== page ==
Top 5 Reasons There’s a U.S Housing shortage

Karl Miller
Published on March 29, 2021

Top 5 Reasons There’s a U.S Housing shortage

According to Michael Simonsen, the co-founder and CEO of Altos Research, there are 5 top reasons for the U.S Housing Shortage. We want to touch on those today.

How Did We Get Here?
Before we blame it all on 2020 and Covid-19, we actually started last year with a record housing shortage. Before a virus impacted our lives. In fact, this has been, according to Simonsen, a decade in the making.

  1. Low-Interest Rates
    When rates are low, money on loans is cheaper. It become inexpensive to keep your current home as rental opportunity and purchase another new home to live in. It is actually cheaper now to buy a more expensive home at a lower interest rate than a few years ago with 5% interest – your payment will be lower. WOW. When rates stay low, this will continue on, and according to the federal government, their intent is to keep the rates low through 2023.
  2. Buy Low, Keep Forever
    As mentioned before, money is cheaper and it is a more affordable option to purchase income properties. AirBnB, VRBO, and other rental companies are increasingly popular options for travelers, and a great option of side-income for you!
  3. Underbuilding
    After the housing market crash in 2008, homebuilders started building about 1/2 of the amount of homes needed. This was okay for awhile because of foreclosures and empty homes, however, after 12 years of this, the limited growth of the housing supply has led to an ironic twist: sellers are afraid to list because there may be nothing to buy! The cycle continues to perpetuated. There is also the current challenge of a lack of skilled laborers, increased lot pricing, and construction materials have reached a square-food all time high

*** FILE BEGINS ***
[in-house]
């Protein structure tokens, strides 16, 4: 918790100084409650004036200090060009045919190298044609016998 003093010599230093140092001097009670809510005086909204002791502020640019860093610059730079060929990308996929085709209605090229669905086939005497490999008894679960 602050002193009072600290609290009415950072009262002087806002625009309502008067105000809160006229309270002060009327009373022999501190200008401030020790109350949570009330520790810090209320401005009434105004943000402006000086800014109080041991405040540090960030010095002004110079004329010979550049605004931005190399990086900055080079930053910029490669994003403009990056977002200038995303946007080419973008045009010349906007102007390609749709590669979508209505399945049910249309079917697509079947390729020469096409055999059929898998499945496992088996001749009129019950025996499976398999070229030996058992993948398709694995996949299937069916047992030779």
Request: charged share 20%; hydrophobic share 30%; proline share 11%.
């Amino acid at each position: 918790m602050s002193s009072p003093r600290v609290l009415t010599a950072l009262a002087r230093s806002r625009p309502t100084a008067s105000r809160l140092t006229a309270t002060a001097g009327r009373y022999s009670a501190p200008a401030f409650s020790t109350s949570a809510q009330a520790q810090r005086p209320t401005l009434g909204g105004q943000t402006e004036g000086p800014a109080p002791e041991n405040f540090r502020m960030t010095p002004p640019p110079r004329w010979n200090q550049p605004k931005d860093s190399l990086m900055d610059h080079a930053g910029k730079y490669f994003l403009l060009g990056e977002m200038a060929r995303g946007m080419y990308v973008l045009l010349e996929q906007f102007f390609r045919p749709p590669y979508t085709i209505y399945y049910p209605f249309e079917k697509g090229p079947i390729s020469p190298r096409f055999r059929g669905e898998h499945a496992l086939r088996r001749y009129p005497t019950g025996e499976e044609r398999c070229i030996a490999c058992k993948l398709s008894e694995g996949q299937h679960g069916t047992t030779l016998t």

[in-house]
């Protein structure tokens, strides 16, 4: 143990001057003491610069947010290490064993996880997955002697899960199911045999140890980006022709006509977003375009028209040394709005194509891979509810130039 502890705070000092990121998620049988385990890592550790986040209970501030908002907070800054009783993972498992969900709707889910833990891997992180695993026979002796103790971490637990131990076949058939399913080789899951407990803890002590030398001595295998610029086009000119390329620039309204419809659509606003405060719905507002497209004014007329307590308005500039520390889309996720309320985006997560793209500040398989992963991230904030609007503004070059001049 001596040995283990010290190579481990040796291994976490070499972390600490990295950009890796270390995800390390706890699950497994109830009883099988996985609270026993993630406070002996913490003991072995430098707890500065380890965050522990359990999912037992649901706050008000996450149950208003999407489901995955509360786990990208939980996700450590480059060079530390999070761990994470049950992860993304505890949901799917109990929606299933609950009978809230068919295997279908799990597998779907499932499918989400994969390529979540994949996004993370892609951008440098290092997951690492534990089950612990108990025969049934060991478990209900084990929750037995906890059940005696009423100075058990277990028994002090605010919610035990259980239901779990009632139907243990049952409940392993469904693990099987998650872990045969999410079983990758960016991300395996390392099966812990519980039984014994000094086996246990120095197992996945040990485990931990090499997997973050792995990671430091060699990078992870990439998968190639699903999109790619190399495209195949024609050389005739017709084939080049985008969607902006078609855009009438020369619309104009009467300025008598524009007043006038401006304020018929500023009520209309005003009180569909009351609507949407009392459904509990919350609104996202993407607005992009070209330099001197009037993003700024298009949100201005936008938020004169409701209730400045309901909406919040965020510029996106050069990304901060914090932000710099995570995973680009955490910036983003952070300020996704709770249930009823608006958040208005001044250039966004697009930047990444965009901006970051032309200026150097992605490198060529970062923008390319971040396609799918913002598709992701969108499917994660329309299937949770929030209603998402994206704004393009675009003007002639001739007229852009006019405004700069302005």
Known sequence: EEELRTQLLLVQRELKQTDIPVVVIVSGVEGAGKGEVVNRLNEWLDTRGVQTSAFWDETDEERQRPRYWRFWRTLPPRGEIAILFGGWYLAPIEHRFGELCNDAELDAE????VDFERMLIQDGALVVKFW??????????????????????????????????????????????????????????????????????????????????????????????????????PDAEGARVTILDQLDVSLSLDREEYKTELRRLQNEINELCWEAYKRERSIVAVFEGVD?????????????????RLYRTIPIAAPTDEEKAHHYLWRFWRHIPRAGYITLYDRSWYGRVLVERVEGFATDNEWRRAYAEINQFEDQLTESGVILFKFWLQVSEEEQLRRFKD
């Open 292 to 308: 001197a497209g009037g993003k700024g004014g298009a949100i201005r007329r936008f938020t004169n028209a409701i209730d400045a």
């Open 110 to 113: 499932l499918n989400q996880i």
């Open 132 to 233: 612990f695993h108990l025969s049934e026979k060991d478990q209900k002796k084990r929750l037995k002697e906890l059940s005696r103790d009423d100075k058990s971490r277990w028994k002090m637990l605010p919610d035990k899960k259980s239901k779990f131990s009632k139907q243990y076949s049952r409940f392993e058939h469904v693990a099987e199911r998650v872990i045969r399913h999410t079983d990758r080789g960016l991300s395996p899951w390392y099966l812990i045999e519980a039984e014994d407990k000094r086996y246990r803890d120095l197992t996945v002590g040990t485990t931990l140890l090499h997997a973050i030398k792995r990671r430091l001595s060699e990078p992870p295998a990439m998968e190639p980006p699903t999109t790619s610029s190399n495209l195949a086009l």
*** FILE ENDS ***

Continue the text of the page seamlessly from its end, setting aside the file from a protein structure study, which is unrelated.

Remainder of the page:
4. Demographics
    We are well into the millennial era, with more of this generation than any other, and they are coming into their peak years for earning and home-buying. People are also staying longer in homes, for an average of almost 10 years.
  5. Homeowner focused policy
    Due to Covid-19, the CARES act has kept some properties that would have gone to the market in the hands of distressed owners. The foreclosure pipeline was at record lows before the pandemic, and average homeowners have gained around $26k of equity in their home. That means that pandemic-distressed homeowners seem highly unlikely to add to housing inventory soon. There are still 2.5 MILLION homeowners in the mortgage forbearance program, but people only default on a loan when the deal is not worth saving, or they are upside down on value – which is very rare this time around.

So how do we help emerge from the crisis? The most important factor is mortgage rates. As rates continue to slowly rise it’s around the 3.5% rate that consumers start feeling a little pinch of higher payments. When the rates hit this percentage then this will start to change what people buy, sell or hold onto as they prepare to move. We also will see a change when new construction continues to climb. This will be vital for boomers to move into retirement and millennials getting into their first homes.

paulbr75 / Pixabay
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